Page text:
A little hip strength and flexibility work is crucial for cyclists looking to boost power, eliminate ‘dead spots’ in the pedal stroke and avoid straining the lower back.
For the purposes of this article, ‘hip’ refers to both the hip-flexors or iliopsoas, where the top of the thigh joins the front of the pelvis, and the glutes (buttock muscles).
We tend to think of pedalling as predominantly a leg activity, but it is the glutes that initiate the downward surge until the point where the thighs take over. The focus then shifts from these power-generating muscles to the hip-flexors, which draw the knee back up to complete the pedal cycle. The hips are thus the base of efficient pedalling.
Physio Tom Astley sees a steady stream of riders with hip-flexor tightness or strain, usually caused by two interrelated reasons. The first is down to the crunched cycling position, which compresses these anterior (front of hip) muscles — though a good bike-fit can widen the leg/hip angle.
The second reason is that, partly because of this position, it is easy to overload the iliopsoas — a mistake most new riders make. The commonsense solution is to increase riding volume gradually over a number of weeks.
The other key ingredient in ensuring hip health is improving mobility and strength. According to Astley, if a rider lacks hip range of motion they may end up ‘hip hitching’.
Yoga for cyclists
“The hip is key in cycling but it needs to work in an optimal range to generate the most power,” he explains. “If the hip can’t efficiently bring the knee to the top phase of movement, the body compensates through the upper body.
“This is commonly seen when you watch a cyclist from behind and see their back swaying from side to side with every pedal lift. The body makes room for the knee to be lifted and this puts
a great deal of stress on the back.”
The final element is ensuring that the glutes have sufficient strength over the course of the ride to maintain consistent power generation. One way of doing this is strengthening (see ‘Scooter’ technique below) as well as gradually increasing mileage on the bike.
Three hip-conditioning techniques for cyclists
Hips require a mixture of strengthening and stretching to withstand the rigours of cycling and to allow a rider to produce maximum power output from the pedal stroke with minimum strain.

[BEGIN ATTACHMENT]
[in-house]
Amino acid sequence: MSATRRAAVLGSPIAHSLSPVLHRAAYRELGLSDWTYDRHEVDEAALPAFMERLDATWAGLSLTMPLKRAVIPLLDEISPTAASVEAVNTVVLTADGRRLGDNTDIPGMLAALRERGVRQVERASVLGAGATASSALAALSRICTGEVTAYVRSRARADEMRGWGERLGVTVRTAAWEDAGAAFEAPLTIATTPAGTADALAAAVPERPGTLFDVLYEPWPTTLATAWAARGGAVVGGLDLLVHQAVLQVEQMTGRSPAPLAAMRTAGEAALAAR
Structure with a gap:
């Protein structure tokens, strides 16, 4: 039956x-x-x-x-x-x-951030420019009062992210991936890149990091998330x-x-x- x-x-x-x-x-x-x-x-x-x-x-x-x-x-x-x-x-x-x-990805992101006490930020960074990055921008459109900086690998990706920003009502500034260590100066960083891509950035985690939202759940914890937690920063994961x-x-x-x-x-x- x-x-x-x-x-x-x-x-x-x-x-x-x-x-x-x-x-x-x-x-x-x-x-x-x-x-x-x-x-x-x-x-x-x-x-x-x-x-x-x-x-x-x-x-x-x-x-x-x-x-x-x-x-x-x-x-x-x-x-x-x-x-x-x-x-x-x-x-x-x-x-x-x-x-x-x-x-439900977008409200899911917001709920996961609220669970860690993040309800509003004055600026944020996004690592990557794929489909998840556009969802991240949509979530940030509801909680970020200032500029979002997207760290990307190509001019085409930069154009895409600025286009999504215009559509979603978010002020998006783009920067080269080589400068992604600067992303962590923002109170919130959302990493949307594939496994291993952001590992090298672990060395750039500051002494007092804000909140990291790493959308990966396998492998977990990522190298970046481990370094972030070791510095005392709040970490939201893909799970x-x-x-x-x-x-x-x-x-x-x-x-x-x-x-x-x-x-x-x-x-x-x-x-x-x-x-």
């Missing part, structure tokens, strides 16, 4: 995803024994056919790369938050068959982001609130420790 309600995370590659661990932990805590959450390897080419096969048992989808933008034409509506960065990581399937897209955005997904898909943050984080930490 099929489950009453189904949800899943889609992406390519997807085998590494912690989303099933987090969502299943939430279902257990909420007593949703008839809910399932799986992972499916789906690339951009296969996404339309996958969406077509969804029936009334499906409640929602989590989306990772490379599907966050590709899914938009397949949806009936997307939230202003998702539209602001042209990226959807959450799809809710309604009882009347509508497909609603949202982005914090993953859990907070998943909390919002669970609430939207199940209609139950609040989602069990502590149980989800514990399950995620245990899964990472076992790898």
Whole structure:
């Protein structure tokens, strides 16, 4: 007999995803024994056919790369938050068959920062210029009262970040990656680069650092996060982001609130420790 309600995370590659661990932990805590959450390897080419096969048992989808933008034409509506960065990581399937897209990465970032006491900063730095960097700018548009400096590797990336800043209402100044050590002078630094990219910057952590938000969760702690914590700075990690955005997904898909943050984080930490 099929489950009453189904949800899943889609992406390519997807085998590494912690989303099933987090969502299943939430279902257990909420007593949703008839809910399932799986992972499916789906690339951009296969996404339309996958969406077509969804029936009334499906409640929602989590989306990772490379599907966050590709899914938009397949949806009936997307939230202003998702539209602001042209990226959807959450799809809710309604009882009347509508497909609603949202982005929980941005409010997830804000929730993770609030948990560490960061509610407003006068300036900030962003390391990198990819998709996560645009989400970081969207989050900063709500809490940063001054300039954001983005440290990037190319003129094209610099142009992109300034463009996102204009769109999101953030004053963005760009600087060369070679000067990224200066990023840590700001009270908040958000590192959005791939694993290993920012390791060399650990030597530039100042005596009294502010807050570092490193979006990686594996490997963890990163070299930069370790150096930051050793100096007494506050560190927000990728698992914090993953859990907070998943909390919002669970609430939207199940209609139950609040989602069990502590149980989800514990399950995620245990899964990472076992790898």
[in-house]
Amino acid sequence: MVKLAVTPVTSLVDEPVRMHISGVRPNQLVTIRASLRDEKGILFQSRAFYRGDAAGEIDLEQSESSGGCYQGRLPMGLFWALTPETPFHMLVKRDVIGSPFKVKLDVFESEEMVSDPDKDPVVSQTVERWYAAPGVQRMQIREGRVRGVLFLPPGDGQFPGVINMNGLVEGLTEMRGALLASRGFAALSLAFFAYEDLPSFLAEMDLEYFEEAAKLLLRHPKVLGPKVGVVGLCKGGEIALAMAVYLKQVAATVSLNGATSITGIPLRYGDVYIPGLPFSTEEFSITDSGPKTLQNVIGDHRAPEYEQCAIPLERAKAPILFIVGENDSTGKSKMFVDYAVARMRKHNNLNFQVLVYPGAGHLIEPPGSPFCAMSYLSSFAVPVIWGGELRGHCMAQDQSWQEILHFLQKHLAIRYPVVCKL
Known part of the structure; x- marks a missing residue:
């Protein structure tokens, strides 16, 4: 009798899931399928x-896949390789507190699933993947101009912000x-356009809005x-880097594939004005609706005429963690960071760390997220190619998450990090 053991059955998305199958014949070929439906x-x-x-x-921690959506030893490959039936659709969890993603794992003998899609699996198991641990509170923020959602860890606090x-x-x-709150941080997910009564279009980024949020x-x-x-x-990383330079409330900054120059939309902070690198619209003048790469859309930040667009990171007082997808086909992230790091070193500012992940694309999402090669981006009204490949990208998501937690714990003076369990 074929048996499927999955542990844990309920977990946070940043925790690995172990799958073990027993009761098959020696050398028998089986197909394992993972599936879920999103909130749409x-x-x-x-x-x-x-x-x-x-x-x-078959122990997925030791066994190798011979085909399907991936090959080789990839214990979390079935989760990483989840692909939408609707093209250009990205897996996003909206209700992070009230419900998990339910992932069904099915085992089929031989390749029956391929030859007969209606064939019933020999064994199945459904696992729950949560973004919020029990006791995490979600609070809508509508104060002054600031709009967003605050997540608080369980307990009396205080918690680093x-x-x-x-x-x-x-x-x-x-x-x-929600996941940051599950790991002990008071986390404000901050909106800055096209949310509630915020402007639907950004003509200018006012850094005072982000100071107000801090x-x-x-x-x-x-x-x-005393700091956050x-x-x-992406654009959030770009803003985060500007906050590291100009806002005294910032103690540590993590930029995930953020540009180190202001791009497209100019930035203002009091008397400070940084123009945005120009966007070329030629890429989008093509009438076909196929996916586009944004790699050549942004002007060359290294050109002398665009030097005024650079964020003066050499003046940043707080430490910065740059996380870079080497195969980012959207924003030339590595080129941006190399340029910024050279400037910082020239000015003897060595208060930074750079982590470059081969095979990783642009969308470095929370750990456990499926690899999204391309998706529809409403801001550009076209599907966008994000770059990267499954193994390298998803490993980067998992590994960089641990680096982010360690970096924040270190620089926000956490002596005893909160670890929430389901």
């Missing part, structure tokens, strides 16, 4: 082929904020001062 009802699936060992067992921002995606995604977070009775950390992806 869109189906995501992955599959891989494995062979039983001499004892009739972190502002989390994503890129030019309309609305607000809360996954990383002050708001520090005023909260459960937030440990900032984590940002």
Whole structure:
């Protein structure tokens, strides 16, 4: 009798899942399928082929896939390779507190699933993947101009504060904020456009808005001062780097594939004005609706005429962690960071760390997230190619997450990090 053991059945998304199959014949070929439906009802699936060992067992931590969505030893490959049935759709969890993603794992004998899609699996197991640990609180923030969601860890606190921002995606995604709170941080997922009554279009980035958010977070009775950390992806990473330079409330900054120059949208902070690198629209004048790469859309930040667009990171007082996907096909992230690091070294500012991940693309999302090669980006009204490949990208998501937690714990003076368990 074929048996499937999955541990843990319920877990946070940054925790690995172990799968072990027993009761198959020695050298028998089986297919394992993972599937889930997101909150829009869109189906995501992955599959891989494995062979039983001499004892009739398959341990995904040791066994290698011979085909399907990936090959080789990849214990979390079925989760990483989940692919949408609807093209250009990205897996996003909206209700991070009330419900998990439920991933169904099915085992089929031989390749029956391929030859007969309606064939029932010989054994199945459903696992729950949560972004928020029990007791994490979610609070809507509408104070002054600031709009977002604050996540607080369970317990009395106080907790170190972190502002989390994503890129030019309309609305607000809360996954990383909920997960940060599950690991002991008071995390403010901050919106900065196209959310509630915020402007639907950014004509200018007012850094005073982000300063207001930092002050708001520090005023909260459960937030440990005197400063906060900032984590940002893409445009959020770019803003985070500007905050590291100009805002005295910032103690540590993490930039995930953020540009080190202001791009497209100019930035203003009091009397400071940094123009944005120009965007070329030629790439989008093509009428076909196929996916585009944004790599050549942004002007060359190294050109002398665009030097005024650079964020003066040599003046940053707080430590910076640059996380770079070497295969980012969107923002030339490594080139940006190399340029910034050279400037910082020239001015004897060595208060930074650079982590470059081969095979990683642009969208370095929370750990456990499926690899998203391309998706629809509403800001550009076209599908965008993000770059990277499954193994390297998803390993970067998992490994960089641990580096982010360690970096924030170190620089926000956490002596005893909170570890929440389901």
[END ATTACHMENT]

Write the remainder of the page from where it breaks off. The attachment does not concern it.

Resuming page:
Here are three conditioning techniques for healthy hips.
Try to perform the strength techniques three times a week and do the Low Lunge after every ride.
1) The scooter
Stand with your feet hip-width apart. Mimic a riding position by tipping your upper body forward and moving your arms into right angles as if on the handlebars. Bend your right leg a little and shift your weight into the leg.
Lift your left foot off the floor and lift your knee up. Now extend the left leg back as if you are propelling yourself forward on a scooter.
Perform 3-5 scoots, eight times on each leg.
2) Plank with overhead reach
From a lying position, shift on to your side. Stack one foot on top of the other and lift up on to your left forearm.
The elbow should be directly under your shoulder and forearm, perpendicular to the body.
Ensure your body is positioned in a straight line from feet to head. Sweep your right arm up by your ear.
Hold for 30-60sec on each side.
3) The low lunge
A lunge performed either standing or kneeling, as outlined below, is a vital stretch for the hip-flexors.
You may want to pad the knee with a cushion to make it more comfortable. Start on all fours. Step your right leg up between your hands and lift the upper body.
Tuck your bottom in and slowly slide forward into the lunge. Stop when you feel the stretch where the top of the leg joins the front of the hip.
This is also an effective stretch for the upper thigh or quads.
Hold for 30-60sec on each leg.